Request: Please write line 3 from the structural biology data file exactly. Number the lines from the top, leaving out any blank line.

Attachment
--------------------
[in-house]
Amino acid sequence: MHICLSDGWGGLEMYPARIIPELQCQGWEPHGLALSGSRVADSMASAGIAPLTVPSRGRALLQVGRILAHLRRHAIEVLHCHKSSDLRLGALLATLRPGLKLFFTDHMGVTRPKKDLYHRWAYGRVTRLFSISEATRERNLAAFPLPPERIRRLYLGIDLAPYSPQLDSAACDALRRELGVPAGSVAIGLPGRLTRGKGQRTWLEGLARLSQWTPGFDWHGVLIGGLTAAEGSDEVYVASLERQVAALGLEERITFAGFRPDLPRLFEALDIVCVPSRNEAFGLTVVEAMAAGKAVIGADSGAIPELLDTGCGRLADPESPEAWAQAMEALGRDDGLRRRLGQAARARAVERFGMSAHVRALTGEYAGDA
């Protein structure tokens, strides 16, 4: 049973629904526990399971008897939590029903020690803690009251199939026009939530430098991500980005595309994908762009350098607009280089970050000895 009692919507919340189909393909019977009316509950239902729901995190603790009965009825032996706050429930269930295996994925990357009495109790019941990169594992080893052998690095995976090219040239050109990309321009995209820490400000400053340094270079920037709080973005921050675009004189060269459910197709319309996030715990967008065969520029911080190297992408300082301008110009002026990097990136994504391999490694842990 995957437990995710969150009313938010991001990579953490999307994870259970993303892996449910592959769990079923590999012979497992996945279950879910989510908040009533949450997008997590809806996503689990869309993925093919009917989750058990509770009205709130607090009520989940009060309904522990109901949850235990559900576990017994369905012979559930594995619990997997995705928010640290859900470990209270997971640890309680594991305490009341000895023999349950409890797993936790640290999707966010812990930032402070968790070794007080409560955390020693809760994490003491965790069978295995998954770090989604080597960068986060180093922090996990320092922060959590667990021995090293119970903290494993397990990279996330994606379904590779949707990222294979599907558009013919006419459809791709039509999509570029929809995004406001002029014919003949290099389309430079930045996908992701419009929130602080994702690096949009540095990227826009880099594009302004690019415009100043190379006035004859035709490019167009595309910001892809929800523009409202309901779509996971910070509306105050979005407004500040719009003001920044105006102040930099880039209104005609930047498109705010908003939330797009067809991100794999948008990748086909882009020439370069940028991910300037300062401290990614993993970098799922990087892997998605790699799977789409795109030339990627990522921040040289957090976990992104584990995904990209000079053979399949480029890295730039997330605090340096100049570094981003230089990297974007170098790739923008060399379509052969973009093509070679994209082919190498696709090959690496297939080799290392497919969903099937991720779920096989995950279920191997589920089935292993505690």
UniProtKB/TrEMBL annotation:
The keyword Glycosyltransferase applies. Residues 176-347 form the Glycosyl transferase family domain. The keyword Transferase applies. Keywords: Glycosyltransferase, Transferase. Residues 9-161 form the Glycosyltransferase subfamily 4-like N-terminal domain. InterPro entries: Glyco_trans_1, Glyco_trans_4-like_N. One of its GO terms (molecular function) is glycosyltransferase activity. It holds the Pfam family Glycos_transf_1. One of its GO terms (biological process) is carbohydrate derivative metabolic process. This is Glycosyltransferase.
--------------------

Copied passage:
């Protein structure tokens, strides 16, 4: 049973629904526990399971008897939590029903020690803690009251199939026009939530430098991500980005595309994908762009350098607009280089970050000895 009692919507919340189909393909019977009316509950239902729901995190603790009965009825032996706050429930269930295996994925990357009495109790019941990169594992080893052998690095995976090219040239050109990309321009995209820490400000400053340094270079920037709080973005921050675009004189060269459910197709319309996030715990967008065969520029911080190297992408300082301008110009002026990097990136994504391999490694842990 995957437990995710969150009313938010991001990579953490999307994870259970993303892996449910592959769990079923590999012979497992996945279950879910989510908040009533949450997008997590809806996503689990869309993925093919009917989750058990509770009205709130607090009520989940009060309904522990109901949850235990559900576990017994369905012979559930594995619990997997995705928010640290859900470990209270997971640890309680594991305490009341000895023999349950409890797993936790640290999707966010812990930032402070968790070794007080409560955390020693809760994490003491965790069978295995998954770090989604080597960068986060180093922090996990320092922060959590667990021995090293119970903290494993397990990279996330994606379904590779949707990222294979599907558009013919006419459809791709039509999509570029929809995004406001002029014919003949290099389309430079930045996908992701419009929130602080994702690096949009540095990227826009880099594009302004690019415009100043190379006035004859035709490019167009595309910001892809929800523009409202309901779509996971910070509306105050979005407004500040719009003001920044105006102040930099880039209104005609930047498109705010908003939330797009067809991100794999948008990748086909882009020439370069940028991910300037300062401290990614993993970098799922990087892997998605790699799977789409795109030339990627990522921040040289957090976990992104584990995904990209000079053979399949480029890295730039997330605090340096100049570094981003230089990297974007170098790739923008060399379509052969973009093509070679994209082919190498696709090959690496297939080799290392497919969903099937991720779920096989995950279920191997589920089935292993505690």